Crises and Counter-Movements in World Evolutionary Perspective*

Christopher Chase-Dunn and Roy Kwon

Institute for Research on World-Systems

University of California-Riverside

Draft v.6-19-11

Abstract:  This paper considers the meaning of the recent global financial meltdown by comparing it with earlier debt crises and periods of collapse. Is this just another debt crisis like the ones that have periodically occurred over the past 200 years, or is it part of the end of capitalism and the transformation to a new and different logic of social reproduction? We discuss the contemporary network of global counter-movements and national regimes that are seeking to transform the capitalist world-system into a more humane, sustainable and egalitarian civilization and we also discuss how the current crisis has affected the network of counter-movements and regimes, including the Pink Tide populist regimes in Latin America and the Arab Spring movements. We describe how the New Global Left is similar to or different from earlier global counter-movements.  The point is to provide a comparative and evolutionary framework that can discern what is really new about the current global situation and inform collectively rational responses. 

*A keynote address on this topic was presented at the international conference on “The Global Economic Crisis: Perceptions and Impacts” September 10-11, 2010 The World Society Foundation, University of Zurich.

Forthcoming in Christian Suter and Mark Herkenrath (Eds.) The Global Economic Crisis: Perceptions and Impacts (World Society Studies 2011).Wien/Berlin/Zürich: LIT Verlag


            The recent financial crisis has generated a huge scholarly literature and immense popular reflection about its causes and its meaning for the past and for the future of world society.  This paper is intended to place the current crisis, and the contemporary network of transnational social movements and progressive national regimes, in world historical and evolutionary perspective. The main point is to accurately determine the similarities and differences between the current crisis and responses with earlier periods of dislocation and breakdown in the modern world-system and in earlier world-systems. What is different in this approach from most of the literature on the financial meltdown is a much greater temporal depth and a more world-systemic form of analysis. This paper will employ three different time horizons in the discussion of crises and counter-movements:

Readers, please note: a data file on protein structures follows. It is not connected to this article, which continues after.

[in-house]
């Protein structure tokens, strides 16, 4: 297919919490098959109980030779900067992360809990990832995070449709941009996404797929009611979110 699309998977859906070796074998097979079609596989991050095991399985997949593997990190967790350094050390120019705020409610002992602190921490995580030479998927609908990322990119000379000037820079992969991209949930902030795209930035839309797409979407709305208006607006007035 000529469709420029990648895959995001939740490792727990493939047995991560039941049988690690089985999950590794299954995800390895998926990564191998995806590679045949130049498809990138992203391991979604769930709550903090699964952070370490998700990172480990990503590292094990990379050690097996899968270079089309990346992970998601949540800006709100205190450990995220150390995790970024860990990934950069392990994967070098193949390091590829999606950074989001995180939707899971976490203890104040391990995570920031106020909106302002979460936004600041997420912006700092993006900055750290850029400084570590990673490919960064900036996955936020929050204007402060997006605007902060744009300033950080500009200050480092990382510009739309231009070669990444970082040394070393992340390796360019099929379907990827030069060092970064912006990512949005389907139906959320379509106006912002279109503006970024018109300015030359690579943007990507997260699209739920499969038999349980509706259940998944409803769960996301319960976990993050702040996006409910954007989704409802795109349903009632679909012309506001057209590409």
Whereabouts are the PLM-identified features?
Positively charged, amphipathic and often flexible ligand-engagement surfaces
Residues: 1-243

1.      50,000 years;

2.       5,000 years;

3.       500 years.

We will discuss the evolution of the regime of global debt restructuring since 1820 and the consequences of the trajectories of global governance, globalization and counter-hegemonic movements over the next several decades of the future. We will also address the depth of the crisis. Is it just another cyclical debt crisis following a boom of the kind that has happened eight times since 1820 (Suter 2009: Tables 1and 2)? Is it a structural or systemic crisis of capitalism as a logic of accumulation and social reproduction? The several time horizons will be germane to the analysis of the depth of the latest crisis and its significance for the future.

The Evolutionary World-Systems Perspective

            Hall and Chase-Dunn (2006) have modified the concepts developed by the scholars of the modern world-system to construct a theoretical perspective for comparing the modern system with earlier regional world-systems. The main idea is that sociocultural evolution can only be explained if polities are seen to have been in important interaction with each other since the Paleolithic. Hall and Chase-Dunn propose a general model of the causes of the evolution of technology and hierarchy within polities and in linked systems of polities (world-systems).  The most important idea that comes out of this theoretical perspective is that transformational changes are brought about mainly by the actions of individuals and organizations within polities that are semiperipheral relative to the other polities in the same system. This is known as the hypothesis of semiperipheral development.

            As regional world-systems became spatially larger and the polities within them grew and became more internally hierarchical, interpolity relations also became more hierarchical because new means of extracting resources from distant peoples were invented.  Thus did core/periphery hierarchies emerge. Semiperipherality is the position of some of the polities in a core/periphery hierarchy. Some of the polities that are located in semiperipheral positions became the agents that formed larger chiefdoms, states and empires by means of conquest (semiperipheral marcher polities), and some specialized trading states in between the tributary empires promoted production for exchange in the regions in which they operated. So both the spatial and demographic scale of political organization and the spatial scale of trade networks were expanded by semiperipheral polities, eventually leading to the global system in which we now live.

            The modern world-system came into being when a formerly peripheral and then semiperipheral region (Europe) developed an internal core of capitalist states that were eventually able to dominate the polities of all the other regions of the Earth. This Europe-centered system was the first one in which capitalism became the predominant mode of accumulation, though semiperipheral capitalist city-states had existed since the Bronze Age in the spaces between the tributary empires. The Europe-centered system expanded in a series of waves of colonization and incorporation (See Figure 1). Commodification in Europe expanded, evolved and deepened in waves since the 13th century, which is why historians disagree about when capitalism became the predominant mode. Since the 15th century the modern system has seen four periods of hegemony in which leadership in the development of capitalism was taken to new levels. The first such period was led by a coalition between Genoese finance capitalists and the Portuguese crown (Arrighi 1994). After that the hegemons have been single nation-states: the Dutch in 17th century, the British in the 19th century and the United States in the 20th century (Wallerstein 1984).  Europe itself, and all four of the modern hegemons, were former semiperipheries that first rose to core status and then to hegemony.